Subject: I have found a CD that I think you would enjoy
|Bruckner, Dohnanyi, Cleveland Orchestra|
Bruckner: Symphonie No. 6, J.S. Bach: Fuga ricercata (London)
The greatest Bruckner 6th ever recorded
Eric Zuesse | USA | 03/22/2010
(5 out of 5 stars)
"This granitic performance tops Karajan, Sawallisch, Swoboda, Skrowaczewski, and all the lesser performances, in every way: steadier pulse, more orchestral clarity, and sublime monumentality. It is calm from first note to last (and calmness is essential in conducting Bruckner), and intensely engages the listener with exquisitely quiet pianissimi and shattering climaxes. This recording is a must for any Bruckner collection.
The 6th is Bruckner's Alpine symphony, not just because he travelled through the Alps while composing it, but because that shows in the music, especially in the first movement, which is like a trek through a snow-covered Alpine forest. All of Bruckner's symphonies are under-rated, but especially the 6th, which is quite possibly his greatest except for #'s 8&9, both of which are generally regarded as his supreme achievements. Though Bruckner never wrote intentionally programmatic music, the 6th conveys just as much the beauty of the Alps as does Strauss's Alpine Symphony, but more of nature itself than of any human or narrative account of an encounter with nature. There is no human here. However, although this is abstract music, there is nothing abstract about its themes or "melodies," which are among the most haunting that Bruckner or anyone ever wrote.
If this performance were ever to become widely available and honored, as it deserves, then perhaps the utterly unjustifiable inattention this work has received would be replaced by widespread recognition that, other than the 9th and 8th, there is no greater Bruckner symphony. That's saying a lot, because, with the possible exception of his student f (or "00") Symphony, all 11 (00, 0, and 1-9) are not just masterpieces, but are major masterpieces. No symphonist was as consistently super-great as Bruckner, and the 6th ranks right near his top.
Since this is clearly the greatest performance of a very great work, I cannot recommend it highly enough. The sound quality is okay. The orchestra is superb. And the conductor, Bongartz, was one of the greatest ever, but never so great as in this, the only Bruckner recording he ever made. Perhaps he was born to conduct Bruckner, and this was the only opportunity he had to record it."
Bongartz's excellent Bruckner
David Mayer | St. Louis, Missouri | 08/09/2010
(5 out of 5 stars)
"Robert Simpson, in "The Essence of Bruckner," observed that listeners often hear a haphazardly conducted Bruckner 6th and dismiss the piece as a lesser work. This was once my fate! Years ago I had listened to several recordings of the Sixth, been enthralled by none, and written off the piece as inconsistent.
Those recordings shared one or more of the following problems: metronomic conducting, inappropriately fast tempos in the 2nd & 4th movements, poorly prepared transitions, and (subjectively) a lack of soul. Bruckner was writing music for God, not marching bands.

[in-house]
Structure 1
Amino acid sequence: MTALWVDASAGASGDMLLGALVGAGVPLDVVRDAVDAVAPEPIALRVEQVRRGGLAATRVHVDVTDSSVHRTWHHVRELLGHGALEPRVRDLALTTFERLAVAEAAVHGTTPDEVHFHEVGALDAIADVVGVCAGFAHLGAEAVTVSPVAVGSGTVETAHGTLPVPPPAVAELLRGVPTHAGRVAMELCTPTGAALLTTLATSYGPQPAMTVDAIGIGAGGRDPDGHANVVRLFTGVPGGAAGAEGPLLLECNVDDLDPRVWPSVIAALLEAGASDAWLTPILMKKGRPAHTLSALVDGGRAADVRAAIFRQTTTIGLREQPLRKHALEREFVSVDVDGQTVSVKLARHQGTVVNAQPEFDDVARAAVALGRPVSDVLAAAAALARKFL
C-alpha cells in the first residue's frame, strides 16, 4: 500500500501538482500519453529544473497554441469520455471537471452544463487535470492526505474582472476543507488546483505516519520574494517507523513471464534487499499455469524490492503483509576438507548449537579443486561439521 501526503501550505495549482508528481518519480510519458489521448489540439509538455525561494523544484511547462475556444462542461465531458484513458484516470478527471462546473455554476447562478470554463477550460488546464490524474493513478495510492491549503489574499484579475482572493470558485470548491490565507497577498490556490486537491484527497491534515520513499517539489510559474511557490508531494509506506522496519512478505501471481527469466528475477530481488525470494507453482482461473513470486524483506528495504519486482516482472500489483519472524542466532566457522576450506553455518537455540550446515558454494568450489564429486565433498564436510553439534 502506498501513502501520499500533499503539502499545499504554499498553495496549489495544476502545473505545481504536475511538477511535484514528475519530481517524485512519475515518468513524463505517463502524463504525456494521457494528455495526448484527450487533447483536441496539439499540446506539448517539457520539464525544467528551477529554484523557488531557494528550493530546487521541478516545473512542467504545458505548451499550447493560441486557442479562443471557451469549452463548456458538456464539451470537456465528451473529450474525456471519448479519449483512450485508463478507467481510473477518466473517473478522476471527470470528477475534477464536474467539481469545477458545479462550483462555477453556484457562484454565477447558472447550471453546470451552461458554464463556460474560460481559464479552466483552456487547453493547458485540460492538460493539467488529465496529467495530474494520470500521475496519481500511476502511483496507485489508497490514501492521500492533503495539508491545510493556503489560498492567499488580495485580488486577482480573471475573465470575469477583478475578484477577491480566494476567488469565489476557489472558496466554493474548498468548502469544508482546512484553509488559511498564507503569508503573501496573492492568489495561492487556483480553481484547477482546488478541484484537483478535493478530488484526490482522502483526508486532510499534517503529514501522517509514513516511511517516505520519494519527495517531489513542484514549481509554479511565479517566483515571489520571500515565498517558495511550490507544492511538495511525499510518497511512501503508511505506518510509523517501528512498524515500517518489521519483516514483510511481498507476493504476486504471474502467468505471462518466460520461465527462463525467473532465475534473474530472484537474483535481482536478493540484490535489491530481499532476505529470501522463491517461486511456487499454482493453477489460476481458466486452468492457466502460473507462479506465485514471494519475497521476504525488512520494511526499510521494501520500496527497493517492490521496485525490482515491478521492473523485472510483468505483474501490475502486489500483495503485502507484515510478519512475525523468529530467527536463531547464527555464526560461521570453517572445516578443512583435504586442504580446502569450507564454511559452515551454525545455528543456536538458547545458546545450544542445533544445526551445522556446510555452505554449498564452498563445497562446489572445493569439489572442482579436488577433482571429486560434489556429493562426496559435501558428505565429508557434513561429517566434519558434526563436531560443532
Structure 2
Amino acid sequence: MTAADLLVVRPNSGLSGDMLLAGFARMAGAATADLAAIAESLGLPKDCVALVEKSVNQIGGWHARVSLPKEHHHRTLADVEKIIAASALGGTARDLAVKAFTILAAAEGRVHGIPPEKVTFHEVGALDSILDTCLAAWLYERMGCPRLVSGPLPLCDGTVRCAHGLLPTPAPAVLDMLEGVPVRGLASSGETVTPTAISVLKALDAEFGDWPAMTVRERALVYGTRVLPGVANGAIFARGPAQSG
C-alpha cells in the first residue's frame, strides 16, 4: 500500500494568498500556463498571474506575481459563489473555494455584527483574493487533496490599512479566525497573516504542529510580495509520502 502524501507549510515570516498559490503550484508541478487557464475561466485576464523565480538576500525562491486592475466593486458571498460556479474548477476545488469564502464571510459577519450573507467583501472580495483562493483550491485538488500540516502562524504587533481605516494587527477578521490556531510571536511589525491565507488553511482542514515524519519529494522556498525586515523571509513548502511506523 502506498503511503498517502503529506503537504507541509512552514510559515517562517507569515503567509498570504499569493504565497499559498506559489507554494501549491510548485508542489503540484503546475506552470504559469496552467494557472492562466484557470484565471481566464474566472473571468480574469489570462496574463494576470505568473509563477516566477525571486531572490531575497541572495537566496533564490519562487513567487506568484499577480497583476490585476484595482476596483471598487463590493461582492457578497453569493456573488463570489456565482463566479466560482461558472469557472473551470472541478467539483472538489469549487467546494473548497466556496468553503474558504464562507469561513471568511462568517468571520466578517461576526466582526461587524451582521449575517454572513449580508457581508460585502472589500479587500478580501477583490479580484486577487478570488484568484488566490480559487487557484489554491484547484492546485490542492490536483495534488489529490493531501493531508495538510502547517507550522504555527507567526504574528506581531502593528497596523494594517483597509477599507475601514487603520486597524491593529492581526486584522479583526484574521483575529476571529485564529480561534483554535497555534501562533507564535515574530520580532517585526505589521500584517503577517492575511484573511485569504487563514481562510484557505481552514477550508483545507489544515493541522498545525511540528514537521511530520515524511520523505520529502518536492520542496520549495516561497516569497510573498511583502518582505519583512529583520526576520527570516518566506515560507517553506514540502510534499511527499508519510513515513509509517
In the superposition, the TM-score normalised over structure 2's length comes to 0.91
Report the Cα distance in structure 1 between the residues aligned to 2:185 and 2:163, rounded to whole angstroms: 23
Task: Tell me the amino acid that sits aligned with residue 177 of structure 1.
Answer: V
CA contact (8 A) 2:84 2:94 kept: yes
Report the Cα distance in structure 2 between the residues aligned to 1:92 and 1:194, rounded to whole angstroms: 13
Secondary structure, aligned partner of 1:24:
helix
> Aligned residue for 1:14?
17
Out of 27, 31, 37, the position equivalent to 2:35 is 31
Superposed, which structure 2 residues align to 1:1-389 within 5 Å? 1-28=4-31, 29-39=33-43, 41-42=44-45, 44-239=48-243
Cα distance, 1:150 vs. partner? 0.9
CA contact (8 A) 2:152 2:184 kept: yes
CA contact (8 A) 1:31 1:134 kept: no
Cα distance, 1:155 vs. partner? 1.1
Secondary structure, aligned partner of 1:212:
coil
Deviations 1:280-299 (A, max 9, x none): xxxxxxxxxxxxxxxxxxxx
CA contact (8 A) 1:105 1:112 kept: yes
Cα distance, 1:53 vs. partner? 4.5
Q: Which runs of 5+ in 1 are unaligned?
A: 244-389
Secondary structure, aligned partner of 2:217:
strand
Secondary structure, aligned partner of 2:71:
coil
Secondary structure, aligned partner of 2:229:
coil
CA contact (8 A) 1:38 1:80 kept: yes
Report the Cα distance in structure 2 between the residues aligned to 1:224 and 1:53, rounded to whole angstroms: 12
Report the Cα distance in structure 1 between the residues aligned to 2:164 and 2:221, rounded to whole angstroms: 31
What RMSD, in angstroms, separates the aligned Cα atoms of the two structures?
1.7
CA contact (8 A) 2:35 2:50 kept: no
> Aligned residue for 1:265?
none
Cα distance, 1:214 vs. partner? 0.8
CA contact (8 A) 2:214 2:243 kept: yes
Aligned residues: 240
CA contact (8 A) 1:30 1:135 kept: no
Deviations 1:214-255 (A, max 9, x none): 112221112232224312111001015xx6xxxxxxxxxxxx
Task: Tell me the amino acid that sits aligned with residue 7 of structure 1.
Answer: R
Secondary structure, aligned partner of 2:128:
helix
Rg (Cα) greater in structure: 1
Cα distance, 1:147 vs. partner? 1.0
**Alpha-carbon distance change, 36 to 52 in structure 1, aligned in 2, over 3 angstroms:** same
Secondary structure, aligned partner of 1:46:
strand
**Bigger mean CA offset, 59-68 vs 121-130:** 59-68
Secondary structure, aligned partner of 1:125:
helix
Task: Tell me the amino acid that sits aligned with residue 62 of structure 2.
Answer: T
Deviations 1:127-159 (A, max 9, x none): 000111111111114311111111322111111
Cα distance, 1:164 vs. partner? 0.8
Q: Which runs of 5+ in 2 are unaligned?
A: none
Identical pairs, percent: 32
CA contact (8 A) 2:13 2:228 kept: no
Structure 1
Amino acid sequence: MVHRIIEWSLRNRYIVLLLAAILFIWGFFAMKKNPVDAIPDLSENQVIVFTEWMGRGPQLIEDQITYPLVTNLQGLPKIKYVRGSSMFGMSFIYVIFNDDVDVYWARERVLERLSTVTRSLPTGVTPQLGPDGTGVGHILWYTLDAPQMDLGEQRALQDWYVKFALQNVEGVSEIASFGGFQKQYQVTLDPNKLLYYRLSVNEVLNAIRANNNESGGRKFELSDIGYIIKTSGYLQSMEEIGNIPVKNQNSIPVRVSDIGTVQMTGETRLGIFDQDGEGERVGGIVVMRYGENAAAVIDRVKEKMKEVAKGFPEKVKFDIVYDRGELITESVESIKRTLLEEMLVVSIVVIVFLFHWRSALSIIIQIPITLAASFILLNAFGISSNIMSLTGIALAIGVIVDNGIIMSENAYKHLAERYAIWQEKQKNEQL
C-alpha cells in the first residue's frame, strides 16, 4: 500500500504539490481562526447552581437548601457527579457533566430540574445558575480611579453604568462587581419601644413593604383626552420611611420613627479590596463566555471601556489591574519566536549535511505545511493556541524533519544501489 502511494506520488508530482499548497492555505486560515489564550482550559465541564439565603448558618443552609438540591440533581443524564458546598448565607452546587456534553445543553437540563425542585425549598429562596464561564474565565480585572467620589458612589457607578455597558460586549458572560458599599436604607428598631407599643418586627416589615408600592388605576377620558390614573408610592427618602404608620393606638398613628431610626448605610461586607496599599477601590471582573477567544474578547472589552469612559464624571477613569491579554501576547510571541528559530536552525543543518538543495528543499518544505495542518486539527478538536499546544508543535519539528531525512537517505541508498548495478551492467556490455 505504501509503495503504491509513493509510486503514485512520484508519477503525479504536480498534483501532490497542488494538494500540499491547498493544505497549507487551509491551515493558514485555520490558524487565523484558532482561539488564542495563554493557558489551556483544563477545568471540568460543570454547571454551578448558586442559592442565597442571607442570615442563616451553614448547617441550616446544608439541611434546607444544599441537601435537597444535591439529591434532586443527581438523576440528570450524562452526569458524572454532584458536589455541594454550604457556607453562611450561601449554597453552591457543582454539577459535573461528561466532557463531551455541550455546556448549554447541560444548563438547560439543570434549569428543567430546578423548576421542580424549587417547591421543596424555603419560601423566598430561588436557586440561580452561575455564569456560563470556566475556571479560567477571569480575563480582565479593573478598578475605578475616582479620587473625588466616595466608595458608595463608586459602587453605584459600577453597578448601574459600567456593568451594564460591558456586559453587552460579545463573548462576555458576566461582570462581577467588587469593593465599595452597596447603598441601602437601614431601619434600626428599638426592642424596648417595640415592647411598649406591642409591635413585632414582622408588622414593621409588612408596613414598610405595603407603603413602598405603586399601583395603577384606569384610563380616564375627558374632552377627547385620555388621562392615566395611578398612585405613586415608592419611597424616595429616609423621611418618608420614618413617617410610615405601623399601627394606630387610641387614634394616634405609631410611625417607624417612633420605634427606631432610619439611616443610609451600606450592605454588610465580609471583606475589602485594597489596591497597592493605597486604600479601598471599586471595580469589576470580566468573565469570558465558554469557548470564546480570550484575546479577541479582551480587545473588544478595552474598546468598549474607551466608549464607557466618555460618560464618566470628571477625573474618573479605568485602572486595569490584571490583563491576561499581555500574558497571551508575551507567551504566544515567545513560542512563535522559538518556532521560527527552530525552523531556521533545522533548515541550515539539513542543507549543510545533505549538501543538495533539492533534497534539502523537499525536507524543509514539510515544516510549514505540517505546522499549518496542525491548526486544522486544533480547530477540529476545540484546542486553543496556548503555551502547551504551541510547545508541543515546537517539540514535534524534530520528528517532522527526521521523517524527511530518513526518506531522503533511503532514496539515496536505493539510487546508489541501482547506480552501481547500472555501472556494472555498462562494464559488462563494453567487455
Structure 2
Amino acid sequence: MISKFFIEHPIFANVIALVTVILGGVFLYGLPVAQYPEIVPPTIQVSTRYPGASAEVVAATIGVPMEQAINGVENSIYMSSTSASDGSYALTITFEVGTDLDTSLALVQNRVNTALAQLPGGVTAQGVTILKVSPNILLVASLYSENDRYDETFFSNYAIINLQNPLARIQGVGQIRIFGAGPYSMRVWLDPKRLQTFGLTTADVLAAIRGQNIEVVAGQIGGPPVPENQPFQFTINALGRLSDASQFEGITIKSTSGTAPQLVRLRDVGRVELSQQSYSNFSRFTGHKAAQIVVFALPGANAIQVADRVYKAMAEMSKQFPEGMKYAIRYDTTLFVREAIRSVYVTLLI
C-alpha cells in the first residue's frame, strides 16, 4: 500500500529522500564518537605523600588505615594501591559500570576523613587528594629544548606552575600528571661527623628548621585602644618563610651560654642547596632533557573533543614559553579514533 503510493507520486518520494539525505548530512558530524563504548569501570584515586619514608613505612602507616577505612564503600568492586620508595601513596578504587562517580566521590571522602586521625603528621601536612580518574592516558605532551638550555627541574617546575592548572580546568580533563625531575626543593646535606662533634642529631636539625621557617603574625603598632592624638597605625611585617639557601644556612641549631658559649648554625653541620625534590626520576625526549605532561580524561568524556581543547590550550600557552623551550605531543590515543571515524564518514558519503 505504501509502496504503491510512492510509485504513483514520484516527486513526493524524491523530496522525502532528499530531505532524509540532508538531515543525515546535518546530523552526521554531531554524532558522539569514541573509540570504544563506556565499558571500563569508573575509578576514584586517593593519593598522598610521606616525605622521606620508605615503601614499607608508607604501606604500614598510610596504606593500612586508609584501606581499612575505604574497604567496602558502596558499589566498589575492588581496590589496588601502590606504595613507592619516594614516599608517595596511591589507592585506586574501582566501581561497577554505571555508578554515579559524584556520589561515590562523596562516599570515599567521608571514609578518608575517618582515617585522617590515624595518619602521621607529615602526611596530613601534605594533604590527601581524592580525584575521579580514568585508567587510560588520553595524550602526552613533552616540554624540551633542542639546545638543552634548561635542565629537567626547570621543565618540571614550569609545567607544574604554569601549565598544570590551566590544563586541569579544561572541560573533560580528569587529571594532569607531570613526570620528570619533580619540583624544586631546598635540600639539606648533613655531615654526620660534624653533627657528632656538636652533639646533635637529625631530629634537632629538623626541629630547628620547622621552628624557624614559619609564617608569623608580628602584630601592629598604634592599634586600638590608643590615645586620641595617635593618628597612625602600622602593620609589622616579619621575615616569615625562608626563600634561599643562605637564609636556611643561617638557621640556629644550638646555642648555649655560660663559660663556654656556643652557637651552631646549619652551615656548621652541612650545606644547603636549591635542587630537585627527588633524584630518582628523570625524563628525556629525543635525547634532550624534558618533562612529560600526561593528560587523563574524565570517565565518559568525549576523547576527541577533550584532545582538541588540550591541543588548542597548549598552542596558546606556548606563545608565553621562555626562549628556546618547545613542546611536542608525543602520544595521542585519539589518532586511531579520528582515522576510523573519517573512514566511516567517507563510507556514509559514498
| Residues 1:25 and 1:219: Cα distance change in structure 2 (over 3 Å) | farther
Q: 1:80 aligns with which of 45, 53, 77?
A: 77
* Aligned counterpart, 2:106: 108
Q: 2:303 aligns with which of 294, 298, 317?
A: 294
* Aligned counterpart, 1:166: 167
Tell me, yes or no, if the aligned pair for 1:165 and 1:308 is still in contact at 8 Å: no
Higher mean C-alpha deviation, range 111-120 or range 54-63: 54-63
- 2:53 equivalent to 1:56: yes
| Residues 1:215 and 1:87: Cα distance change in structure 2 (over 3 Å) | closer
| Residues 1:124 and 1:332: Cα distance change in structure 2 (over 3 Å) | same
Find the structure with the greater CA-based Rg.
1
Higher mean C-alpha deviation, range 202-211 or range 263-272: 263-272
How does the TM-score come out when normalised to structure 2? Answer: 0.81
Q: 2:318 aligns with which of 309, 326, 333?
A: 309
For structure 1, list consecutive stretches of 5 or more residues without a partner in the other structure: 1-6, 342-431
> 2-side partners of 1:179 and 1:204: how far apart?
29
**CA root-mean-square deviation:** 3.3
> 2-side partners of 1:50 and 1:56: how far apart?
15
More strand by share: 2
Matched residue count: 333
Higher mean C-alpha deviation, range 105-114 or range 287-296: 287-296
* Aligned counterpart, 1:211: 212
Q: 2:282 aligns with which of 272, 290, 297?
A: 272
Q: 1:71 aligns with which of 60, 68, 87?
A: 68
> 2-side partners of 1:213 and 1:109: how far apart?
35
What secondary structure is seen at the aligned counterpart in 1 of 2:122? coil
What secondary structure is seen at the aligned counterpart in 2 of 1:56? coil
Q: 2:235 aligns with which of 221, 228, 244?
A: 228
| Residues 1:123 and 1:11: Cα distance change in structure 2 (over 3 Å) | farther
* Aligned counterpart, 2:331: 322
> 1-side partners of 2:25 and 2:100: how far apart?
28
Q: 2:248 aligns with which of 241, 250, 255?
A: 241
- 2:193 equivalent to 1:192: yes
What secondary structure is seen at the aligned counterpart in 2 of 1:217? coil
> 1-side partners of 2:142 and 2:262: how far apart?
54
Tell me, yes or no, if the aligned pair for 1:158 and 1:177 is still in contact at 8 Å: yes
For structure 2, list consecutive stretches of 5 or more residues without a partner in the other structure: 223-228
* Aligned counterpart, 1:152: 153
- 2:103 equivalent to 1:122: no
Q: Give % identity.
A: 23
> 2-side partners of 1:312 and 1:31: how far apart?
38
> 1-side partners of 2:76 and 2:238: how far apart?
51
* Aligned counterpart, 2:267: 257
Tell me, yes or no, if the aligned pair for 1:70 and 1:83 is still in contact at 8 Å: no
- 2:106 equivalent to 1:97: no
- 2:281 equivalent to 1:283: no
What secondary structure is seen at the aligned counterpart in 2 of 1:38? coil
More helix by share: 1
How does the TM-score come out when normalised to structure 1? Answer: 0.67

After a few years in the wilderness, I returned to this work hoping for something more. Jeffrey Lipscomb's strong recommendation led me to Bongartz, a conductor who I admire but had never heard in Bruckner (in fact, this is his only Bruckner recording). I was blown away. Here was the best case I had ever heard for the Sixth as not just a great work, but perhaps as great as Bruckner's later masterpieces. Although each movement is treated with the greatest sympathy, I would like to focus on Bongartz's handling of the second movement Adagio.
This is the most emotionally powerful Adagio I have ever heard. It displaces Furtwängler's and Celibidache's and obliterates all others that I've heard. Tempos are ineffably right: the slow opening allows the oboe to transform from an orchestral instrument into a human voice uttering a wordless message of grief. I can't explain in words how heartbreaking this theme is - it feels like the musical equivalent of a loved one saying his or her final goodbye (maybe I've formed this association because of a similarly moving and roughly contemporaneous piece of music, Wotan's Farewell to Brünnhilde at the end of Die Walküre). Like a loved one's farewell, this Adagio isn't unrelentingly anguished; there are interspersed touches of fondness and even hopefulness. The movement's serene ending in F Major is emotionally honest and completely avoids the mawkishness of second-rate composers.
As amazing as Bongartz's second movement is, I could not recommend this recording so highly if his inspiration flagged in the other movements. My second favorite recording, Furtwängler's 1943 "headless torso," is undermined by a very exciting but too fast Finale (I have similar reservations about his 1942 recording of Beethoven's 9th). I am happy to report that Bongartz keeps a consistently high level of execution and interpretation. Since my inauspicious introduction to this work, I've heard over a dozen recordings. This one is the best, and I recommend it unreservedly.
At the time of writing, this symphony is unavailable on Amazon except through a 8-CD set (Legendary Masterworks Recordings [Box Set]) that is selling for $47. However, through Amazon's MP3 Downloads store, files of this Bruckner 6th are selling for less than $1 per track! Unless you have insurmountable objections to collecting music digitally, this is an obvious bargain."